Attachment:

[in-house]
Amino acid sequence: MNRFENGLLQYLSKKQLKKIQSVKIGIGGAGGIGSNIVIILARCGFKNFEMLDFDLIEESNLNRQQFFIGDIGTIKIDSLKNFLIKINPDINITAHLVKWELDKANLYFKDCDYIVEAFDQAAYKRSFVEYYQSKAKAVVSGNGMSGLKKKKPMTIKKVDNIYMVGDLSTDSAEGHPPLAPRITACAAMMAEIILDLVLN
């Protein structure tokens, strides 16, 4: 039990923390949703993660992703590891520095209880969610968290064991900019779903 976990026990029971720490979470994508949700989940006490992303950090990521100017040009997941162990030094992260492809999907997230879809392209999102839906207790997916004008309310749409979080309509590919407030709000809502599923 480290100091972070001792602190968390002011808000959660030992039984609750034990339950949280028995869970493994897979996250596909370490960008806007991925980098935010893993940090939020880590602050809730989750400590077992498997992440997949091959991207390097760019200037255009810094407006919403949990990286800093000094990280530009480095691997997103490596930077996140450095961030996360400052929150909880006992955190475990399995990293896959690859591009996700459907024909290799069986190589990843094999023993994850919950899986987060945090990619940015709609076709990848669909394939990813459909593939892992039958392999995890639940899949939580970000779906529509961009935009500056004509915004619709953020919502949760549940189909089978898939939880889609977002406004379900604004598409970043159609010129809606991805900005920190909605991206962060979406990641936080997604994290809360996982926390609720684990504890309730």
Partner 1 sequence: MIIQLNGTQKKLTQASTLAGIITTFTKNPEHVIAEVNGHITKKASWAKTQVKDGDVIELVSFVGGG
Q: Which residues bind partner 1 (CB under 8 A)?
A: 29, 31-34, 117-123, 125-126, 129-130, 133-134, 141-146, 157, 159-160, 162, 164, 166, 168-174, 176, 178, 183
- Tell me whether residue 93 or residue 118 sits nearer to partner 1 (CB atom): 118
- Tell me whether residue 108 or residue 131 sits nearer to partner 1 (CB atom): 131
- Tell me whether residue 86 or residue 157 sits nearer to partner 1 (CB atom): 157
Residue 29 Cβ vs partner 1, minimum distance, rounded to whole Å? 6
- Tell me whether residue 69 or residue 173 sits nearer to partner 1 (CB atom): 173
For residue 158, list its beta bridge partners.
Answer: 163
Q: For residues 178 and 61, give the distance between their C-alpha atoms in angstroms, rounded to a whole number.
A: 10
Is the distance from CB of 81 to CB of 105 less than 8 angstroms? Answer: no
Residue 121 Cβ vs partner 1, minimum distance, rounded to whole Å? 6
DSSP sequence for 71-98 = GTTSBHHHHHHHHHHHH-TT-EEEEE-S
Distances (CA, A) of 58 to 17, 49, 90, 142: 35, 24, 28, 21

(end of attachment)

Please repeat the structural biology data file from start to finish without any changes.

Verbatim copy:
[in-house]
Amino acid sequence: MNRFENGLLQYLSKKQLKKIQSVKIGIGGAGGIGSNIVIILARCGFKNFEMLDFDLIEESNLNRQQFFIGDIGTIKIDSLKNFLIKINPDINITAHLVKWELDKANLYFKDCDYIVEAFDQAAYKRSFVEYYQSKAKAVVSGNGMSGLKKKKPMTIKKVDNIYMVGDLSTDSAEGHPPLAPRITACAAMMAEIILDLVLN
């Protein structure tokens, strides 16, 4: 039990923390949703993660992703590891520095209880969610968290064991900019779903 976990026990029971720490979470994508949700989940006490992303950090990521100017040009997941162990030094992260492809999907997230879809392209999102839906207790997916004008309310749409979080309509590919407030709000809502599923 480290100091972070001792602190968390002011808000959660030992039984609750034990339950949280028995869970493994897979996250596909370490960008806007991925980098935010893993940090939020880590602050809730989750400590077992498997992440997949091959991207390097760019200037255009810094407006919403949990990286800093000094990280530009480095691997997103490596930077996140450095961030996360400052929150909880006992955190475990399995990293896959690859591009996700459907024909290799069986190589990843094999023993994850919950899986987060945090990619940015709609076709990848669909394939990813459909593939892992039958392999995890639940899949939580970000779906529509961009935009500056004509915004619709953020919502949760549940189909089978898939939880889609977002406004379900604004598409970043159609010129809606991805900005920190909605991206962060979406990641936080997604994290809360996982926390609720684990504890309730």
Partner 1 sequence: MIIQLNGTQKKLTQASTLAGIITTFTKNPEHVIAEVNGHITKKASWAKTQVKDGDVIELVSFVGGG
Q: Which residues bind partner 1 (CB under 8 A)?
A: 29, 31-34, 117-123, 125-126, 129-130, 133-134, 141-146, 157, 159-160, 162, 164, 166, 168-174, 176, 178, 183
- Tell me whether residue 93 or residue 118 sits nearer to partner 1 (CB atom): 118
- Tell me whether residue 108 or residue 131 sits nearer to partner 1 (CB atom): 131
- Tell me whether residue 86 or residue 157 sits nearer to partner 1 (CB atom): 157
Residue 29 Cβ vs partner 1, minimum distance, rounded to whole Å? 6
- Tell me whether residue 69 or residue 173 sits nearer to partner 1 (CB atom): 173
For residue 158, list its beta bridge partners.
Answer: 163
Q: For residues 178 and 61, give the distance between their C-alpha atoms in angstroms, rounded to a whole number.
A: 10
Is the distance from CB of 81 to CB of 105 less than 8 angstroms? Answer: no
Residue 121 Cβ vs partner 1, minimum distance, rounded to whole Å? 6
DSSP sequence for 71-98 = GTTSBHHHHHHHHHHHH-TT-EEEEE-S
Distances (CA, A) of 58 to 17, 49, 90, 142: 35, 24, 28, 21